You have a new teen driver who is excited to use the family car to drive to practice.
A couple friends on the team want to be picked up.
You’ve heard about teenage driving statistics.
You’ve seen coverage of teenage driving accidents on the news.
You’re concerned about teenage peer pressure while driving.
Would a Teen Driving Contract Agreement help your child avoid becoming one of those teenage driving statistics?
For most teens, driving is a symbol of their independence and a rite of passage to adulthood. But driving is not a right; it is a privilege that brings responsibility. Not every teen is ready to drive and few are experienced enough to be responsible for passengers.
Teenage Driving Statistics:
According to the National Highway Traffic Safety Administration, “traffic crashes are the leading cause of death for teenagers in America.” 35% of all teen deaths are caused by traffic crashes and there are many more who suffer injuries due to teenage driving accidents that require emergency room visits. The most common behaviors that contribute to teen-related crashes are:
- Inexperience and immaturity combined with speed
- Drinking and driving
- Not wearing seat belts
- Distracted driving (cell phone use, loud music, other teen passengers, etc.)
- Drowsy driving
- Nighttime driving, and
- Other drug use
Teaching children how to avoid teenage peer pressure and teen drinking will help reduce the risk of teen driving accidents.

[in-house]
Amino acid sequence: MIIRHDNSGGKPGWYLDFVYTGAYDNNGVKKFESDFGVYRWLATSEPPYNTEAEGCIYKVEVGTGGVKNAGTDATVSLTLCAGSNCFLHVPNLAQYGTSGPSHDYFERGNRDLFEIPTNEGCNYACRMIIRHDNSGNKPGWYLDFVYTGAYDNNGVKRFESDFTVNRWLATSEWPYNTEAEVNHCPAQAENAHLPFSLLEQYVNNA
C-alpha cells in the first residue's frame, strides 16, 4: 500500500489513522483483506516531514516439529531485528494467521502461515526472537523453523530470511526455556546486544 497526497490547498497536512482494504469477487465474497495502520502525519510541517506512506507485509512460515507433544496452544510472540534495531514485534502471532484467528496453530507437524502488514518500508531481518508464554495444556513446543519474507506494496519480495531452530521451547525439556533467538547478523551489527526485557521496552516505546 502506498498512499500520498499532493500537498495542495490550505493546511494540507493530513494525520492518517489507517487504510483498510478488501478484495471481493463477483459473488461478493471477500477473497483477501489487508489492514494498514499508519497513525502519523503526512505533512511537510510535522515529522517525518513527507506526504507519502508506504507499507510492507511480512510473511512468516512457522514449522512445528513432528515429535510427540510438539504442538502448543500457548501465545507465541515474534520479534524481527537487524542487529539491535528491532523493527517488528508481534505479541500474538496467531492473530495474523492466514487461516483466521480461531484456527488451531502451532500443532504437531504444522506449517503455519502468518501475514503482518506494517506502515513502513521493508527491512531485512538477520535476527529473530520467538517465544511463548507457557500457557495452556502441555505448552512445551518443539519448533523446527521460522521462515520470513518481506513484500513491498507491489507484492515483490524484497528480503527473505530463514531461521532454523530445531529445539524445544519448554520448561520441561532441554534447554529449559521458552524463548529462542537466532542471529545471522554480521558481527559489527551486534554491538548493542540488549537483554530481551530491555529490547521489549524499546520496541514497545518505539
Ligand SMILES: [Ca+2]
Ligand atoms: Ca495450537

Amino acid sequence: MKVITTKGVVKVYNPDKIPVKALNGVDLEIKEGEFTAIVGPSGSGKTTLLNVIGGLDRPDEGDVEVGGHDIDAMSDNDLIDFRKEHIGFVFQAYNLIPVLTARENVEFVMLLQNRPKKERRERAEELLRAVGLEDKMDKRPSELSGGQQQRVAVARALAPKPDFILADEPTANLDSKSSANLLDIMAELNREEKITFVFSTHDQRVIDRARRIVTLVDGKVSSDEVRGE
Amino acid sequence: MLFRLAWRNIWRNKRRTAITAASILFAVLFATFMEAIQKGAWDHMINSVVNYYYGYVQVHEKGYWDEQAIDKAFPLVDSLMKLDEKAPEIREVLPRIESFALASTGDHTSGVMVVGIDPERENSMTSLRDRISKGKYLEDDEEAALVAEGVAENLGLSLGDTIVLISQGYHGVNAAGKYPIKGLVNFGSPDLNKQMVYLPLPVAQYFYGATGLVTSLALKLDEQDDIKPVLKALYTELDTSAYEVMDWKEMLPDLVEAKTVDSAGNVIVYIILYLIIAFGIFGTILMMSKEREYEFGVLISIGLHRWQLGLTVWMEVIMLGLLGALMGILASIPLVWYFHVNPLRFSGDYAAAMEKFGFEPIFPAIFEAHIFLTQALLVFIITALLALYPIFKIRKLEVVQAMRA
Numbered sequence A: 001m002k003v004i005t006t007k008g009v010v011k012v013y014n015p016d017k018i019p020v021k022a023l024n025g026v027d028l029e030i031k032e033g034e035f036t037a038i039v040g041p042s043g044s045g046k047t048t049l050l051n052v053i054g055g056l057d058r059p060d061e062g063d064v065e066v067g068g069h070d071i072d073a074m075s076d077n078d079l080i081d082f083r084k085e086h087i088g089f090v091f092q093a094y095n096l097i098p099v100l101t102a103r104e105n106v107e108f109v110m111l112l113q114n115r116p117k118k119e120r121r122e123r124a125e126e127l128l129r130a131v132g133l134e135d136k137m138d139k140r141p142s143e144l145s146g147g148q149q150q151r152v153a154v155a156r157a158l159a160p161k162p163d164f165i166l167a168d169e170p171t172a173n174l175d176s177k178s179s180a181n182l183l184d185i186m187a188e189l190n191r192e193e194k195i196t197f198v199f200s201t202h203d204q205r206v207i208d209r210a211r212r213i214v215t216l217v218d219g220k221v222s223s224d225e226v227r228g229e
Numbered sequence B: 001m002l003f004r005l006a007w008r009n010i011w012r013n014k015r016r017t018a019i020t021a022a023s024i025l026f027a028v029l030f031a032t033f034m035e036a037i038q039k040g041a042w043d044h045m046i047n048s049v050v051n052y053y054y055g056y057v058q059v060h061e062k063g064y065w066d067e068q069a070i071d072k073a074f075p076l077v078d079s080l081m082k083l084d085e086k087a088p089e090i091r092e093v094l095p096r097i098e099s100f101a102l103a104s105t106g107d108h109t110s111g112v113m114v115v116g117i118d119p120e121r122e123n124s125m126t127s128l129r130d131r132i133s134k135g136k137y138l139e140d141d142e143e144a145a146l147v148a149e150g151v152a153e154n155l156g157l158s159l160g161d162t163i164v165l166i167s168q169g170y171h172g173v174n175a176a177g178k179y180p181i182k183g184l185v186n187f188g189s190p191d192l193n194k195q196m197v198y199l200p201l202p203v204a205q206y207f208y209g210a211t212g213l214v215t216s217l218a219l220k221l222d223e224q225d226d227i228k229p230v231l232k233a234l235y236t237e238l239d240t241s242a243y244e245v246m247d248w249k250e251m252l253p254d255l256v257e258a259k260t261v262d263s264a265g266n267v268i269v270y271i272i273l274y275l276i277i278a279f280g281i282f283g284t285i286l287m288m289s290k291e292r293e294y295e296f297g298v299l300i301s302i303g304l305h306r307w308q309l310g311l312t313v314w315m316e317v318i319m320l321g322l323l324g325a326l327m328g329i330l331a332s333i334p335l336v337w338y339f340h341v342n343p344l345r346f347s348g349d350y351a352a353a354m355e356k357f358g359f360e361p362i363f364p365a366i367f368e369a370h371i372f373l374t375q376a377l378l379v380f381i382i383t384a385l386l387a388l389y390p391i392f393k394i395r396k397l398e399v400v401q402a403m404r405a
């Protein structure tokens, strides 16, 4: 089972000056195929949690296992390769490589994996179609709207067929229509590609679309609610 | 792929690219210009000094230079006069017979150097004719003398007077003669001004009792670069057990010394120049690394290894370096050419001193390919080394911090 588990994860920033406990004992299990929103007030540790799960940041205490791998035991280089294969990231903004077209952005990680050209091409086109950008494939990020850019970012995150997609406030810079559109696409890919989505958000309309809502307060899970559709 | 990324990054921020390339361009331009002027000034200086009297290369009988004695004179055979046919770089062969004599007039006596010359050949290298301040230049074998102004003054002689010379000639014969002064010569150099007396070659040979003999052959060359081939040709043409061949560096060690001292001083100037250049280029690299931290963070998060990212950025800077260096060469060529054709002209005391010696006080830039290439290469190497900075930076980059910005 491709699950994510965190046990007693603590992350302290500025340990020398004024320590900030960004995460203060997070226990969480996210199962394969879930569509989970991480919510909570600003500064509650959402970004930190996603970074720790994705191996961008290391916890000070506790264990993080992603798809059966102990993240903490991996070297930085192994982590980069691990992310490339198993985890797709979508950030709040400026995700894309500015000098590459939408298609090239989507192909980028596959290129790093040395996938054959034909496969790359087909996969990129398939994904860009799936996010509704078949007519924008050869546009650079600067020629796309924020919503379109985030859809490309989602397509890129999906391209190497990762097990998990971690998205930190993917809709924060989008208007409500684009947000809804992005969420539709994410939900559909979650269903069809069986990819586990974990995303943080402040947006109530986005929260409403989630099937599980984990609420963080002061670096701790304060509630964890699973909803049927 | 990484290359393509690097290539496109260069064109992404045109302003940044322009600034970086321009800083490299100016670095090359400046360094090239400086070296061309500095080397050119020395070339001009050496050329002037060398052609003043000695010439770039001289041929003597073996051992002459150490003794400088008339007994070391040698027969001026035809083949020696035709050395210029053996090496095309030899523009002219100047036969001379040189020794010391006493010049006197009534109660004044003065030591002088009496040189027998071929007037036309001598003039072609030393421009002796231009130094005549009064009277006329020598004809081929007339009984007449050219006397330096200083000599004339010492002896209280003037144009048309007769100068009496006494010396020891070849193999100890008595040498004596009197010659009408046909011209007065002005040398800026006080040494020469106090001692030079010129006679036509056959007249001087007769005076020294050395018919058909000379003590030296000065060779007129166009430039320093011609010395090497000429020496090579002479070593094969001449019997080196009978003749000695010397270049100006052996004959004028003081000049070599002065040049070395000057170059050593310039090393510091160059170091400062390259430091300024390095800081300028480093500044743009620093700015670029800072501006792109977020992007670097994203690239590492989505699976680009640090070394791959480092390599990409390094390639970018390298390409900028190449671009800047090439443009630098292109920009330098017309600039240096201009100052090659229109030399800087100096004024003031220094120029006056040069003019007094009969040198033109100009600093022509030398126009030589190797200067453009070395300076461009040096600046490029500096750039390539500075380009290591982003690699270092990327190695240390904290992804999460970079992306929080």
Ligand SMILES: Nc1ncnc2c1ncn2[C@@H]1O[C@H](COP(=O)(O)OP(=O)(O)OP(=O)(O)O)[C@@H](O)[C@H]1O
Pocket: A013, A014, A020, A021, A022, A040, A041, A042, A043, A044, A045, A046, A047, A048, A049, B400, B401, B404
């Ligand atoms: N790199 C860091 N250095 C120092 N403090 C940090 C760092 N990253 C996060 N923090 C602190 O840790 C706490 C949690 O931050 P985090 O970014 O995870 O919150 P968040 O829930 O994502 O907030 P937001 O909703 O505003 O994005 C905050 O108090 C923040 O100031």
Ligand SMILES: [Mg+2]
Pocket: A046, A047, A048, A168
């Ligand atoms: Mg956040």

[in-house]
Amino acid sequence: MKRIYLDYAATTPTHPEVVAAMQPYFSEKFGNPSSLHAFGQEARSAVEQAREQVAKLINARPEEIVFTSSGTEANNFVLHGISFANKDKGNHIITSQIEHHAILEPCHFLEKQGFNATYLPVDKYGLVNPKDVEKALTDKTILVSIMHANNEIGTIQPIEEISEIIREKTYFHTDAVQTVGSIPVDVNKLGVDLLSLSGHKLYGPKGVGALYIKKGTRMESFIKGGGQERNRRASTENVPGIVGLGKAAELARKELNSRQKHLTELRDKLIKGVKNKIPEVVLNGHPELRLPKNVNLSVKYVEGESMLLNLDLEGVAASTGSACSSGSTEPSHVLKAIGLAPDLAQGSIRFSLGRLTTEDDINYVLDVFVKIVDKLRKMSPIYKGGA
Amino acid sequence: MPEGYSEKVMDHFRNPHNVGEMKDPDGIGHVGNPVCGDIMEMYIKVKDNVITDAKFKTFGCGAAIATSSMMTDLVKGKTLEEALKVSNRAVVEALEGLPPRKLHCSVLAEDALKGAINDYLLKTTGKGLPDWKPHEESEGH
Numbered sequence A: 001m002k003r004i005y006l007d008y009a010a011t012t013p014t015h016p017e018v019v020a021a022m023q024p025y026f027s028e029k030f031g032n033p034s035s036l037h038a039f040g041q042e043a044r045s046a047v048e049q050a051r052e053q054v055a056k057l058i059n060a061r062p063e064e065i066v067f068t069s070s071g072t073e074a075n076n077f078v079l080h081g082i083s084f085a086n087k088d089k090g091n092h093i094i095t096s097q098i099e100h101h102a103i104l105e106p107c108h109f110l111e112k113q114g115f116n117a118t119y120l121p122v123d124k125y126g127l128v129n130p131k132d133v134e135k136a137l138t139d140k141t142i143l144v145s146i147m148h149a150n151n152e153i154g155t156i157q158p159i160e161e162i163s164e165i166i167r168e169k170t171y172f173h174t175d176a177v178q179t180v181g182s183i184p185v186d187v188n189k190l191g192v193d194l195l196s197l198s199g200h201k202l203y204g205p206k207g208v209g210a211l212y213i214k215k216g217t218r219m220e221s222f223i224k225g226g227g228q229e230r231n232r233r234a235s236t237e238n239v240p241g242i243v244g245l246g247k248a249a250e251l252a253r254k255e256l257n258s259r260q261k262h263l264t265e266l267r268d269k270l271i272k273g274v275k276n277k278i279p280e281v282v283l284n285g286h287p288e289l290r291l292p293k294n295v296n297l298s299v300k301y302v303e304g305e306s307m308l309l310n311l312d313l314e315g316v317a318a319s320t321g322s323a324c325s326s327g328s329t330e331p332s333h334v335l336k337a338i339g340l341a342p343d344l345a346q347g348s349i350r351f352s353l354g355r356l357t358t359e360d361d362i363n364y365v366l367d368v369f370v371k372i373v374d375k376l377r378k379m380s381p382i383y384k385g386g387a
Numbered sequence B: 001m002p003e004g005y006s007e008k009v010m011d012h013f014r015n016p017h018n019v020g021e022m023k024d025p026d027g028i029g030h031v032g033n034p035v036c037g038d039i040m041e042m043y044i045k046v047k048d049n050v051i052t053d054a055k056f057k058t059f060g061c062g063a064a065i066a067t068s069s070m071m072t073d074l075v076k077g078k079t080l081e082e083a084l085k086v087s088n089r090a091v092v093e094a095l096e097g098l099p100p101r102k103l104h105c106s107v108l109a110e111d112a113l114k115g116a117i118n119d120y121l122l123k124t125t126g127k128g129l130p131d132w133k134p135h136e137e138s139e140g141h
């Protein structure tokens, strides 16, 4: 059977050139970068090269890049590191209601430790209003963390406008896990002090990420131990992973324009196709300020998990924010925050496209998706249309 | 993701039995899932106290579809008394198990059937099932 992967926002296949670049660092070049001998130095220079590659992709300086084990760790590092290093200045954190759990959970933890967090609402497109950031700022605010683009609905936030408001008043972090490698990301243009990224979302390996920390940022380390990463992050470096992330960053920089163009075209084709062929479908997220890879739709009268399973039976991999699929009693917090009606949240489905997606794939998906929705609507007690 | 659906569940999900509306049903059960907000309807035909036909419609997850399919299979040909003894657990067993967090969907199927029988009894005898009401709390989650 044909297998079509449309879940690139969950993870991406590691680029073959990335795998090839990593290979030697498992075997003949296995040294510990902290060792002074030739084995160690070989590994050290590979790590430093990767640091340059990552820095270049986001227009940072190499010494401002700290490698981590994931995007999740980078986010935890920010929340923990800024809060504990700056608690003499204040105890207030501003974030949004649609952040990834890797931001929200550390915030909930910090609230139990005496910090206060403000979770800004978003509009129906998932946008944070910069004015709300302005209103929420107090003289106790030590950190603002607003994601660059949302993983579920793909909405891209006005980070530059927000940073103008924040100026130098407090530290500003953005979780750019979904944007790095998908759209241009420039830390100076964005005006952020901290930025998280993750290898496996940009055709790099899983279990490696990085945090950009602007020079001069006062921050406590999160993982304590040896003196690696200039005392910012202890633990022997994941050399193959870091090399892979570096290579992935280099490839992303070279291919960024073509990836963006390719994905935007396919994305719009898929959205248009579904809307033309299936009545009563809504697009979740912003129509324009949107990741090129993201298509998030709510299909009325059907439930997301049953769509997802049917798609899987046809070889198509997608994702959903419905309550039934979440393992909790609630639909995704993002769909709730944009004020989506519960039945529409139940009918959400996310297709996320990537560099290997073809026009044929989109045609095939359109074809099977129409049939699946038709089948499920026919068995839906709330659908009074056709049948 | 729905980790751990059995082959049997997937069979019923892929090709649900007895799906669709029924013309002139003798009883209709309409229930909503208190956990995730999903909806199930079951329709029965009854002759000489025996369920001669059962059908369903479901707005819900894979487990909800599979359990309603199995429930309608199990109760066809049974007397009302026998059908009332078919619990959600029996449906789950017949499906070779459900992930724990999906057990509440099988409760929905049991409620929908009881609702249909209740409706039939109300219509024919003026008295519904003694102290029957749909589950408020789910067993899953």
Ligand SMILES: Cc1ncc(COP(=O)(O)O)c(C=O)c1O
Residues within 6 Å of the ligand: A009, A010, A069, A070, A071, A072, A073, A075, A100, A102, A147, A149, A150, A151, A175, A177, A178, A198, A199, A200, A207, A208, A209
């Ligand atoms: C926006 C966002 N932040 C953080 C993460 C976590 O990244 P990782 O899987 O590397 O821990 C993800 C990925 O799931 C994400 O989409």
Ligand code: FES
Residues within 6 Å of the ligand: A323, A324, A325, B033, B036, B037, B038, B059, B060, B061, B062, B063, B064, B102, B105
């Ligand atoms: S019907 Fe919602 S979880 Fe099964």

Teen Driving Contract Agreement:
The above teenage driving statistics reveal there are serious safety risks and you do need to be a concerned parent and sit down with your child to set rules and guidelines when it comes to teenage driving. Prior to your teen getting a license, consider having them read up on safety tips they need to consider before getting their license. This may give you some ideas for rules to include in a Teen Driving Contract Agreement.
When Should I Get A Teenage Driving Contract Agreement?
Having the agreement in place prior to a teen learning how to drive is best. When teens are ready for drivers’ education, openly discuss your mutual concerns about young drivers’ safety. Express trust in your teen and be clear that your concerns have more to do with other people’s driving and the teen’s inexperience in reacting quickly. Negotiate an agreement for earning and keeping the privilege of driving.
If you do not have one and you already have a teen driving, be sure to sit down and get an agreement before your child drives again. I strongly suggest having these Teen Driving Contract agreements written out and signed by teen drivers.
What Should Be Included In A Teenage Driving Contract Agreement?
If you review some of the tips provided by a Teen Driver Safety Guide first, you will want to include some of the following in your Teen Driving Contract agreements.
- Have teens pay for gas and at least part of the insurance payment and the car’s cost or monthly payments. They will need to get a job and budget their money. Don’t feel guilty asking this. If teens want adult privileges, they need to manage them.
- If they damage the car, they pay the deductible. If the damage is their fault, they give up driving until they pay for all damages.
- If they get a driving-related ticket, they pay the ticket and give up driving one week for every $10 they were fined.